Child Migrants

America

Migrants and others cross the Suchiate River where it forms a border between Guatemala and Mexico Dec. 18. The river crossing is part of the main route that Central American migrants follow on their way north. (CNS photo/Paul Jeffrey)
Migrants and others cross the Suchiate River where it forms a border between Guatemala and Mexico Dec. 18. The river crossing is part of the main route that Central American migrants follow on their way north. (CNS photo/Paul Jeffrey)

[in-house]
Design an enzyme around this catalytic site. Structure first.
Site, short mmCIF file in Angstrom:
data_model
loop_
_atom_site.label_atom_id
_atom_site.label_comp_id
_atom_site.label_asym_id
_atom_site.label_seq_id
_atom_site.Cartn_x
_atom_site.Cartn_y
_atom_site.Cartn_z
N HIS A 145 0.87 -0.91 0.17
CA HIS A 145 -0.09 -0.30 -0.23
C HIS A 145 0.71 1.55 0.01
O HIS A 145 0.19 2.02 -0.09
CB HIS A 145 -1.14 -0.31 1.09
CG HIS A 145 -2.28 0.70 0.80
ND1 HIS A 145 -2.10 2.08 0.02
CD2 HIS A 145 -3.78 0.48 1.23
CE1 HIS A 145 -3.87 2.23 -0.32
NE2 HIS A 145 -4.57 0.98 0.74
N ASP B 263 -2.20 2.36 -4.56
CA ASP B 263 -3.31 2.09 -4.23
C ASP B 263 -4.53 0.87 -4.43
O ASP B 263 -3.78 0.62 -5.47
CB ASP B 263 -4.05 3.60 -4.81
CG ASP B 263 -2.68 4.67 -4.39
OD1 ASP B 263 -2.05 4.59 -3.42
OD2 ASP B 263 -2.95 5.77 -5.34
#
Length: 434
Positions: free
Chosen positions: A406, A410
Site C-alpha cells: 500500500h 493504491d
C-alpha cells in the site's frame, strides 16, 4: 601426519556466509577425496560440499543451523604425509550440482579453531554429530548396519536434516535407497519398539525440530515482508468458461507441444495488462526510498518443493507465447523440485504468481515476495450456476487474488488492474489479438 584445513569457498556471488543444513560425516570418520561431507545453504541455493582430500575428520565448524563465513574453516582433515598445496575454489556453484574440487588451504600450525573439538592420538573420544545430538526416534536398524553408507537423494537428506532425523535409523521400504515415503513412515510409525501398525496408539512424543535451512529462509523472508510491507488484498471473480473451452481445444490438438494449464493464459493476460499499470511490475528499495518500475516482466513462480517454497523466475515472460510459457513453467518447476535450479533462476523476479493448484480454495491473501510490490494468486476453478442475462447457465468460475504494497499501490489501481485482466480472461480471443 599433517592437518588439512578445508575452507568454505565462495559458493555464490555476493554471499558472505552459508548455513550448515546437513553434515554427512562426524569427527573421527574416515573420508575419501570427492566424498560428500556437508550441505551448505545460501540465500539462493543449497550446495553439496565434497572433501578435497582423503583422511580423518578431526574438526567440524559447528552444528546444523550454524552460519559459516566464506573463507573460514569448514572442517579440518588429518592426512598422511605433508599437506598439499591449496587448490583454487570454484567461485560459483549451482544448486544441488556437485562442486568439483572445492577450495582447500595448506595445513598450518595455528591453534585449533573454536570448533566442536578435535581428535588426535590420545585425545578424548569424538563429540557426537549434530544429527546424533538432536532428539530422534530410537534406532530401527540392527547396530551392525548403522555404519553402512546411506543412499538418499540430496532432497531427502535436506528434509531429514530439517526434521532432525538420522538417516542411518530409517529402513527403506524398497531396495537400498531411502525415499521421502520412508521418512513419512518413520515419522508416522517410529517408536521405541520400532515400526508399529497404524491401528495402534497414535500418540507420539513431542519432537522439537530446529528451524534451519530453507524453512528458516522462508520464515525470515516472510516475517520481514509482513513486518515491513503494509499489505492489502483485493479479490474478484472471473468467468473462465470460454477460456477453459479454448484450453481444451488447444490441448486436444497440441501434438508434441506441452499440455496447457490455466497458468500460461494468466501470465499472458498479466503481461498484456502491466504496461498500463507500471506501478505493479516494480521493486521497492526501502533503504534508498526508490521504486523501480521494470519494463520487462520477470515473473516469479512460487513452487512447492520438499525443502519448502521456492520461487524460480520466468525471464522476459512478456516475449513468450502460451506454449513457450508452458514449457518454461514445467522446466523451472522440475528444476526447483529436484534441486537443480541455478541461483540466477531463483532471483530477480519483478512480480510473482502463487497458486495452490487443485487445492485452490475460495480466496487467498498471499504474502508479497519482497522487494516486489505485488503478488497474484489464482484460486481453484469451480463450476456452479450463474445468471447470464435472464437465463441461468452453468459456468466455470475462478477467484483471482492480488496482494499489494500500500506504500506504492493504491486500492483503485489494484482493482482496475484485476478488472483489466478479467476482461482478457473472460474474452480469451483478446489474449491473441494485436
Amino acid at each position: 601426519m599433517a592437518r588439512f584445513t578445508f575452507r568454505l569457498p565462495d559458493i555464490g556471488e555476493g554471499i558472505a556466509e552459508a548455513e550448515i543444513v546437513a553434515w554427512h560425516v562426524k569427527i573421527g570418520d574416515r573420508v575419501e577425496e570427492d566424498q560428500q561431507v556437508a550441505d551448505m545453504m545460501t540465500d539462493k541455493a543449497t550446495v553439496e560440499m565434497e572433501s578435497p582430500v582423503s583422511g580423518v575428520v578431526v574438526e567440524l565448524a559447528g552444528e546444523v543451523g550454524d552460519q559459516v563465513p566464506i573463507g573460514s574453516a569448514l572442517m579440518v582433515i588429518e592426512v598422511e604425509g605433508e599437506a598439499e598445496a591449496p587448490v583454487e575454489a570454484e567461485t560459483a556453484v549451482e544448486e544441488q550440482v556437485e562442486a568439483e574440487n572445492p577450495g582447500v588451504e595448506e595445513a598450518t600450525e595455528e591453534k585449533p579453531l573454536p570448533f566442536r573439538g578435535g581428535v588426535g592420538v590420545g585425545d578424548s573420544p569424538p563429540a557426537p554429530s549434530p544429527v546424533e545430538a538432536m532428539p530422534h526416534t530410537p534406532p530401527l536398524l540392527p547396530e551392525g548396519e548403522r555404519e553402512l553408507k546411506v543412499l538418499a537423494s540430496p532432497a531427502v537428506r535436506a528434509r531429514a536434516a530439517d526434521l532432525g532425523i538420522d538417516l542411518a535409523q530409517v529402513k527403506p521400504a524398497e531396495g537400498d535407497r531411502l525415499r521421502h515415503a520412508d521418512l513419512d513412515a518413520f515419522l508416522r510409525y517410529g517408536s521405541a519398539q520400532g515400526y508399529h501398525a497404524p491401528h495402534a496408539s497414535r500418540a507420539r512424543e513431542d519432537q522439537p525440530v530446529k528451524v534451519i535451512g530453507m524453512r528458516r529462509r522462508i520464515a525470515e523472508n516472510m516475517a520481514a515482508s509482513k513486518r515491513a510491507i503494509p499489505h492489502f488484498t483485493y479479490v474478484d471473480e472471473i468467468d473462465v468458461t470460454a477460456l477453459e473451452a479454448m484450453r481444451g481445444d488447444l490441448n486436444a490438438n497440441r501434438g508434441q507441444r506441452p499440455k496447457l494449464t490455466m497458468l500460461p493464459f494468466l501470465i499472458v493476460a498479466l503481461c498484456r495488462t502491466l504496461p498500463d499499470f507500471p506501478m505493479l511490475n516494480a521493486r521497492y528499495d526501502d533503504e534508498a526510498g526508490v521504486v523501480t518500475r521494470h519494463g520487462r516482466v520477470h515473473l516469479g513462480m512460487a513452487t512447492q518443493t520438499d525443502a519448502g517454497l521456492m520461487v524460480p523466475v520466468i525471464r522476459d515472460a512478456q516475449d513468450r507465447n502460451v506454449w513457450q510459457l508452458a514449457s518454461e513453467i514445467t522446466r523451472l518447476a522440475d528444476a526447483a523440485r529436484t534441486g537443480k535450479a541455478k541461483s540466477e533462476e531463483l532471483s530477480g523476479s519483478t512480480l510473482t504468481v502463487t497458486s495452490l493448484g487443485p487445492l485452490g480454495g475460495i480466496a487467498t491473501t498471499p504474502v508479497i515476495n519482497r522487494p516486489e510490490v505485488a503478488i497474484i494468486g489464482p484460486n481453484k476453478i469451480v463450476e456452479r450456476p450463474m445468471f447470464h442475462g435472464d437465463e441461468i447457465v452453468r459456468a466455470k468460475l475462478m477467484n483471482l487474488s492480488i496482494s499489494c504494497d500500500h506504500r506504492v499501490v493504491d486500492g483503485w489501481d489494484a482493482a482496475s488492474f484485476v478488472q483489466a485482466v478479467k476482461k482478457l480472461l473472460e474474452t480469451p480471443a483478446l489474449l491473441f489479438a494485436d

Dangerous conditions in their homelands are leading tens of thousands more families in Central America and Mexico to send their children to cross the U.S. border illegally by themselves, according to a report by the U.S. Conference of Catholic Bishops’ Committee on Migration. Citing data from two U.S. federal agencies, the report, released on Jan. 30, estimates that as many as 60,000 children traveling without relatives might enter the country this fiscal year. The report cited data from the U.S. Office of Refugee Resettlement, showing that an average of 6,800 unaccompanied minors were apprehended in the United States each year between 2004 and 2011. In 2012 the number doubled to 13,000 and in 2013 nearly doubled again to more than 24,000. Among the primary factors pushing the increase in traffic to the border by children and teens were poor economic conditions, gang violence “and a corresponding breakdown of the rule of law” that have “created a culture of fear and hopelessness.”